Dexterity Unveils Autonomous Robots for Warehouse Applications

July 31, 2020 by Alessandro Mascellino

Robotics startup, Dexterity, releases a new series of full-stack, hardware-agnostic robotic systems for logistics, warehousing, and supply chain applications.

The company raised $56 million earlier this week, with its latest series A round including investors such as Kleiner Perkins, Lightspeed, and Obvious Ventures. Dexterity’s aim is to develop robots capable of automating repetitive pick-pack tasks and handling complex manipulations in unpredictable environments.


Automating Robotics in the Warehouse

Based in Palo Alto, California, Dexterity was founded in 2017 by CEO Samir Menon and has since then focused on the development of Full-Stack, End-To-End Automation solutions.

The startup uses AI to give robots human-like dexterity. Dexterity develops both software and hardware of their machines, with the ultimate goal of maximizing human productivity.

According to the company, this will translate into the creation of a hybrid human-robot team operating in synchrony to do multiple related tasks in multiple unstructured workflows across different locations. The team will also utilize software tools to manage cross-task scheduling among the teams and optimize global productivity.


Full Stack Approach: An Overview

Dexterity’s full-stack approach means their robots can handle complex manipulations in unpredictable environments with minimal supervision.

According to the company, the machines can currently pick up more than 200 unique items in production with 99.5% accuracy. The list includes various objects typically found in warehouses, including plastic bags, glass, perishables, and low-profile items.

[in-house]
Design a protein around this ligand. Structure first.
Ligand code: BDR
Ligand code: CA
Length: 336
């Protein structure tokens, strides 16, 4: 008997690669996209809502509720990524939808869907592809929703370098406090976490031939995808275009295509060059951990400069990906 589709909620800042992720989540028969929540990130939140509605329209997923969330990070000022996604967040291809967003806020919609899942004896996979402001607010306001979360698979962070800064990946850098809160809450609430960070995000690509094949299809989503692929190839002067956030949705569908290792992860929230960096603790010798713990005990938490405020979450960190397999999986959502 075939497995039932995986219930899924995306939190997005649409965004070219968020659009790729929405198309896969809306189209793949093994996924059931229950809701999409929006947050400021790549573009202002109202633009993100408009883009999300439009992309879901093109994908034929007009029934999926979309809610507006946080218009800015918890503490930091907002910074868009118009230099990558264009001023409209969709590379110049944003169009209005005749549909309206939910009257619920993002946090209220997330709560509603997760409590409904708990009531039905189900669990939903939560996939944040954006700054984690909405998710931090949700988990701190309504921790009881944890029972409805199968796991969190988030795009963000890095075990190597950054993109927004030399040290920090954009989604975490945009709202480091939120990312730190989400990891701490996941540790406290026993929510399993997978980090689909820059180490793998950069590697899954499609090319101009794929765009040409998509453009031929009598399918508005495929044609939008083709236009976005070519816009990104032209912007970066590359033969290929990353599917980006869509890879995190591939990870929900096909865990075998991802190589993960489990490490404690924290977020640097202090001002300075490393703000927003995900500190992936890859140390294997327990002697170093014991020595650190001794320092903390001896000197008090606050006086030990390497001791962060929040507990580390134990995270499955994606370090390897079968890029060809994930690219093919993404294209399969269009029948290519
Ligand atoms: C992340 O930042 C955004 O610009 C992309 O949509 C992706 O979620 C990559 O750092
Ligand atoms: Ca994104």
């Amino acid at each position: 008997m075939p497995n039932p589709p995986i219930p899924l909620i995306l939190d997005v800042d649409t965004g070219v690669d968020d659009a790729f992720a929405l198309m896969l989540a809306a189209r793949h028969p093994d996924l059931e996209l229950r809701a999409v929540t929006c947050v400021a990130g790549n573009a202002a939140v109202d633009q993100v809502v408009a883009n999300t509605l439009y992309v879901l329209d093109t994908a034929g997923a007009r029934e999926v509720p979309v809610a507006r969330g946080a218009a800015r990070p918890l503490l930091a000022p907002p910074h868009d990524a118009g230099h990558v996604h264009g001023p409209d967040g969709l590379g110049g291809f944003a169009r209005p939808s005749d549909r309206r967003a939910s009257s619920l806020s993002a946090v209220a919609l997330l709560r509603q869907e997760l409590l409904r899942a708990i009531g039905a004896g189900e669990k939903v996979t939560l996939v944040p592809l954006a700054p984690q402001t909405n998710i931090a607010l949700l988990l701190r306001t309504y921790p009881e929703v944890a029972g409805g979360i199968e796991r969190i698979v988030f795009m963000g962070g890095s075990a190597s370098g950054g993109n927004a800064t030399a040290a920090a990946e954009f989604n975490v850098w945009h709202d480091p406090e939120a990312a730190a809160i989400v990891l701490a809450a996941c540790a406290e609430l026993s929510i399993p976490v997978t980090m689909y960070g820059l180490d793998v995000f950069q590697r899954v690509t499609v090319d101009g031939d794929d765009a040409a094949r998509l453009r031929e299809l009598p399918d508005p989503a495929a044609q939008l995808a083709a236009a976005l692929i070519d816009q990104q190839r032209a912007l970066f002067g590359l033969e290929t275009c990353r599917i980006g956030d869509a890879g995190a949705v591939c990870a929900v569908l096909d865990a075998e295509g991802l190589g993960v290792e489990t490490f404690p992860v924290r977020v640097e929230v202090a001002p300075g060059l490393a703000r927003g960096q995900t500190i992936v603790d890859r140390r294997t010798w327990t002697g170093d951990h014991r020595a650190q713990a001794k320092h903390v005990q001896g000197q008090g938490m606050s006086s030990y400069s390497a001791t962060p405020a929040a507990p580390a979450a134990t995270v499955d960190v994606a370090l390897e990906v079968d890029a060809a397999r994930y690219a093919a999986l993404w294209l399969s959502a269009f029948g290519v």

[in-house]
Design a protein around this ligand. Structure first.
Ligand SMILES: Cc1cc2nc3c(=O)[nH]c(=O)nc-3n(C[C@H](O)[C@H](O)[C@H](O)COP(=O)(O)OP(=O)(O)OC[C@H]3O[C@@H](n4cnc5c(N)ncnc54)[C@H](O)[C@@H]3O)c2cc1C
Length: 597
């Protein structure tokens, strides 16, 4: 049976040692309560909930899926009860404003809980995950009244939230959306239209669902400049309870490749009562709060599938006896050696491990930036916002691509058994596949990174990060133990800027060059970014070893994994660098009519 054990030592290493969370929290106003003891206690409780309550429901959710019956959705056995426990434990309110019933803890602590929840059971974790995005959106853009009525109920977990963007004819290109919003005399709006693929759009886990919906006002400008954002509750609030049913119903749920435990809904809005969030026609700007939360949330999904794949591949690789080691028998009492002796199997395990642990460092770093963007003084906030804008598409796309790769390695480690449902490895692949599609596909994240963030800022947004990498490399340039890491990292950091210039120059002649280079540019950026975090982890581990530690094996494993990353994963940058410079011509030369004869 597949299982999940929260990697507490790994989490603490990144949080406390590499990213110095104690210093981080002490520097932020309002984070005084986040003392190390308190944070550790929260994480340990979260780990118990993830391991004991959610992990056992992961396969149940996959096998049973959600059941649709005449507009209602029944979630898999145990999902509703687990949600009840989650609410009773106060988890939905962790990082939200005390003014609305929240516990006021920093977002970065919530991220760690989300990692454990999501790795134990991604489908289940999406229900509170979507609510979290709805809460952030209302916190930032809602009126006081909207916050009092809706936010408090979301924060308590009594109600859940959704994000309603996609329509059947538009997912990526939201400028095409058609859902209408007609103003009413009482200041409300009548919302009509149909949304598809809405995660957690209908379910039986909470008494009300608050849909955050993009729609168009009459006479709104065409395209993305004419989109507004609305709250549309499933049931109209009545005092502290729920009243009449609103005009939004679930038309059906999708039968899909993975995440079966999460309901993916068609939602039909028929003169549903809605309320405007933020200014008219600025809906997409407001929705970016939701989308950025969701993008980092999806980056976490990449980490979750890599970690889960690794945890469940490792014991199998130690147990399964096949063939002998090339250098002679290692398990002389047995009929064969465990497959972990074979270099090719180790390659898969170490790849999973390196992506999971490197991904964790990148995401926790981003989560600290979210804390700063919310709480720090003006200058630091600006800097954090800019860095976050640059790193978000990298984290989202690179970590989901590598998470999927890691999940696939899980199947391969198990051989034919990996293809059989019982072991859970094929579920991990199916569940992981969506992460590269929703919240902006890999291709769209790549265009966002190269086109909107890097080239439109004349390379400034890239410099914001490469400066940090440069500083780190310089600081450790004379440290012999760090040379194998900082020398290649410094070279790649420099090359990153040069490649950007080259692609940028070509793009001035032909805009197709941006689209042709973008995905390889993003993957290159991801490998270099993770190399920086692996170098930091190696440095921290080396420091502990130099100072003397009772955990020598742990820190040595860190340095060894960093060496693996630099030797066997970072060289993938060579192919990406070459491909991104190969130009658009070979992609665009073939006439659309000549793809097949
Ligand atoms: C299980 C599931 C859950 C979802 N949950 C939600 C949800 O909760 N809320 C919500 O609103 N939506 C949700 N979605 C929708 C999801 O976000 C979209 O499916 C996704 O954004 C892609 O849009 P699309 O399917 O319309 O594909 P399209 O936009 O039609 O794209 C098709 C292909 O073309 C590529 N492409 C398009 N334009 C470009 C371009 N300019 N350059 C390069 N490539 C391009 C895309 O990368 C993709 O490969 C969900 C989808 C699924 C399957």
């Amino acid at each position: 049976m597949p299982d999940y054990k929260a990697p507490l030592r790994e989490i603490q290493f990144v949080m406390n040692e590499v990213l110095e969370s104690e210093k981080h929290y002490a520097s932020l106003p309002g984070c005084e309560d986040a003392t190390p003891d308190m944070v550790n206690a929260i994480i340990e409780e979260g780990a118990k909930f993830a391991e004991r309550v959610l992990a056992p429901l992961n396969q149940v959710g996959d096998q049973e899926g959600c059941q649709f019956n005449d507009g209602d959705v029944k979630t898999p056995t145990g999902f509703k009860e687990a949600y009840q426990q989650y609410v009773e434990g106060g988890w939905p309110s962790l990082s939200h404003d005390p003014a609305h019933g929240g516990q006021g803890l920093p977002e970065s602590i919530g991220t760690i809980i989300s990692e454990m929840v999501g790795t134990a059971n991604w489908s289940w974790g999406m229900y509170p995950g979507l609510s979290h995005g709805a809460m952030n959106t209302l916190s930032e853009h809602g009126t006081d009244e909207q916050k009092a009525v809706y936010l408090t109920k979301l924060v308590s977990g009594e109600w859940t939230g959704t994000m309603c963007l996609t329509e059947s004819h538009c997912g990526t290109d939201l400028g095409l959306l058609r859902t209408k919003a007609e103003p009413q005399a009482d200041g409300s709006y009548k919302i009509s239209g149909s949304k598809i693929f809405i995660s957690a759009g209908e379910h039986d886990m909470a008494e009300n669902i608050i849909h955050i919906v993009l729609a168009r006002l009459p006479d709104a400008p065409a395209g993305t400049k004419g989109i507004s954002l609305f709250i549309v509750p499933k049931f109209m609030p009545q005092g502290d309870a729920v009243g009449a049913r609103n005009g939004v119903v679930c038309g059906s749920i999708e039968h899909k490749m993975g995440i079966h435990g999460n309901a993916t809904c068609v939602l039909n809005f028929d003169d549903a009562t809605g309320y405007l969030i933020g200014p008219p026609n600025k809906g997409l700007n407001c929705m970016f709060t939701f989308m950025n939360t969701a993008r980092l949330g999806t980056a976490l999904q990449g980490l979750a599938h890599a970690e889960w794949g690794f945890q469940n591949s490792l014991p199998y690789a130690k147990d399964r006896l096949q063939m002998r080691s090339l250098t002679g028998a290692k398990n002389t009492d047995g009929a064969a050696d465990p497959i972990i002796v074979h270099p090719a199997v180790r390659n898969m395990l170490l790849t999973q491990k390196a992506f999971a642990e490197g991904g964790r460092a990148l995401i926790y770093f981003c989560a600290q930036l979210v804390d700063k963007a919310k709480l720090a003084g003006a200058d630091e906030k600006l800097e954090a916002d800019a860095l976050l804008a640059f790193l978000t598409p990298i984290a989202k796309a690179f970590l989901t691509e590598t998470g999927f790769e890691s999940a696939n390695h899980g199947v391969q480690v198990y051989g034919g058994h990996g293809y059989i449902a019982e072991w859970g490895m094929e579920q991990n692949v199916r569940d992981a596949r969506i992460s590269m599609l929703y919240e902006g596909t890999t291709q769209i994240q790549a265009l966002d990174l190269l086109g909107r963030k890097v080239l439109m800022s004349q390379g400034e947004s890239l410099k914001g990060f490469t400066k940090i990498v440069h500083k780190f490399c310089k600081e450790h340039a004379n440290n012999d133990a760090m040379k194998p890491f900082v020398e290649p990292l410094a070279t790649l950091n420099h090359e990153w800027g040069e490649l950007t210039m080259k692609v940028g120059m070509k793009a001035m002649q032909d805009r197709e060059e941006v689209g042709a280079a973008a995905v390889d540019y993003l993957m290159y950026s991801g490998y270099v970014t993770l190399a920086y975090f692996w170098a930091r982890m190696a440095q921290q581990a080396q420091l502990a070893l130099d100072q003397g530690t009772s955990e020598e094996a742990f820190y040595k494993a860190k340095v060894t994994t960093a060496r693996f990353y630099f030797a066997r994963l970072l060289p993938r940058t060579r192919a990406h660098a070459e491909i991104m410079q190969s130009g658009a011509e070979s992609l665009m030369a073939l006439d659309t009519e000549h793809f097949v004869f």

A shot of Dexterity’s robot arms. Image courtesy of Dexterity.


Dexterity’s robots are capable of performing these actions thanks to technologies such as AI, computer vision, advanced control theory, and the sense of touch. This not only makes them safe to work alongside humans, but also allows warehouse employees to focus on higher-level cognitive work.


A Highly Modular Platform

Since Dexterity’s aim is to build robots that are able to adapt to new environments, its platform is highly modular. This means the company's partners work with customers to create machines capable of performing different autonomous tasks. These range from fulfillment to kitting, from sortation to singulation, and from palletization to depalletization.

From a practical standpoint then, Dexterity’s robots are firstly equipped with a variety of hardware components, such as grippers or suction cups to handle objects. The AI software then utilizes 3D camera systems to track items, and machine learning models to identify arbitrary unknown objects.

According to Dexterity, early tests utilizing the company’s machines have increased operators' productivity by 47%., with the figure increasing as the robots autonomously learn from their environment.

Kawasaki is one of the Dexterity’s first clients, a Japanese multinational corporation with more than a century experience in the manufacturing industry. “Dexterity’s artificial intelligence, computer vision, and stacking design technology was what really stood out to us,” said Toshihiko M., Manager of the Robotics Business Center at Kawasaki Heavy Industries.

“Samir provides a clear vision for the future of our robotic applications and gives us confidence that with this partnership, we can easily deploy our robots in a variety of ways,” Toshihiko concluded.


What do you think about Dexterity’s new robots?